When there’s a news story about a sinkhole in Florida, it’s mostly about one “eating” a house or a car dealership. But there are thousands more, and none at quite the scale of Devils Millhopper, just west of downtown Gainesville.. This huge, 120-foot deep, sink, no doubt opened eons ago by a cave-in of the Floridan aquifer, has status as a Geological State Park, and is a wonder to see and experience. Records of modern visitors go back to the 1880’s, but native American no doubt found this ecological wonder much earlier.
In 1976, Devils Millhopper was granted Natural Landmark status by the U.S. Department of the Interior. At the bottom of the sink, depending on weather, recent precipitation and ground water levels, you’ll find a natural rain forest fed by small streams. Around the rim of the sink, there’s a nature trail with benches. . Both the trail and the recently (2019) improved stairs are very popular with hikers and many locals interested in cardio fitness. The $4 per vehicle (for 8 persons) is a small price to pay for your visit. Devils Millhopper Geological State Park is located at 4717 Millhopper Road in Gainesville (32653) and is open Wednesday through Sunday, 9AM to 5PM. (Phone: 352-955-2008) Admission is at a remote fee box, and is based on the honor system (please try to bring exact change!)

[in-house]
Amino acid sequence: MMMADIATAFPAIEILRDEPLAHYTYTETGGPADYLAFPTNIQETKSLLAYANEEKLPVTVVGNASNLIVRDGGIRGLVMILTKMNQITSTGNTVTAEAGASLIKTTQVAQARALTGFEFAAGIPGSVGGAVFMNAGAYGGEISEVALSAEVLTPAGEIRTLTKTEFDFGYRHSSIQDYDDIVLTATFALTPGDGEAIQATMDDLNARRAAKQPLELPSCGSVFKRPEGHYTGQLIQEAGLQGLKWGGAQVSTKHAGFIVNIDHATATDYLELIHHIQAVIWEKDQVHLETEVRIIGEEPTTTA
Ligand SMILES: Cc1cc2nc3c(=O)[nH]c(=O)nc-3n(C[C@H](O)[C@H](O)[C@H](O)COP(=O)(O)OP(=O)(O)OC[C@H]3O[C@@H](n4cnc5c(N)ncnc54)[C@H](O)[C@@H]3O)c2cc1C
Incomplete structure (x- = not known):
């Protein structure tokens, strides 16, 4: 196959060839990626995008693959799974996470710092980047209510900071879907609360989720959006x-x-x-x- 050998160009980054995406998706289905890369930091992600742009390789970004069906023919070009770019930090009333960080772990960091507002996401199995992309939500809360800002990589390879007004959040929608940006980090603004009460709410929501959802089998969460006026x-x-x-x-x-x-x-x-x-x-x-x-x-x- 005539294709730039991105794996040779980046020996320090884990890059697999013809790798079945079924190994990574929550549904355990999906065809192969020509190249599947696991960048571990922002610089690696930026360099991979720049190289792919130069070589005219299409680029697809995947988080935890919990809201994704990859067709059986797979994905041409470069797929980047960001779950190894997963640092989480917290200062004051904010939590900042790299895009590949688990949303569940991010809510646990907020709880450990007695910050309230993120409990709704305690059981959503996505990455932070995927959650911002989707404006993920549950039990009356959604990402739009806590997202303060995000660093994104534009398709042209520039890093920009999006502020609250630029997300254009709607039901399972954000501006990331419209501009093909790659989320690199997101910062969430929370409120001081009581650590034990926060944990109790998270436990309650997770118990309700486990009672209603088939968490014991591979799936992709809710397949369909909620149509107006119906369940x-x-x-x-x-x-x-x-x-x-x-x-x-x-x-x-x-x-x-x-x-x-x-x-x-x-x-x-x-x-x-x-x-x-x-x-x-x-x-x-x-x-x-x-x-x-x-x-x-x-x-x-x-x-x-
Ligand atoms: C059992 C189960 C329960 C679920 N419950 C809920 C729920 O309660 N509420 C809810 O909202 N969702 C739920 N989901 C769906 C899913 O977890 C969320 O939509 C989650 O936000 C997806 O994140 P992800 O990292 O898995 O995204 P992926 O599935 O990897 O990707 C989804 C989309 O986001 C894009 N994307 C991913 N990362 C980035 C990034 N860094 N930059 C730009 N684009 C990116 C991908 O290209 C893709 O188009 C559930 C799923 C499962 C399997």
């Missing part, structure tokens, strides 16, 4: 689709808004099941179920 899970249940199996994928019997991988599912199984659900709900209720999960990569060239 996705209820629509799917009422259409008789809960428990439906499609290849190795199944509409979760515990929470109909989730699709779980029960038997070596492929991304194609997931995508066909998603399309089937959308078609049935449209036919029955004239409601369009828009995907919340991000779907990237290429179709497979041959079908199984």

Before you leave the park, be sure to stop by the park’s informative Visitor Center and learn more about Florida’s water and water resources.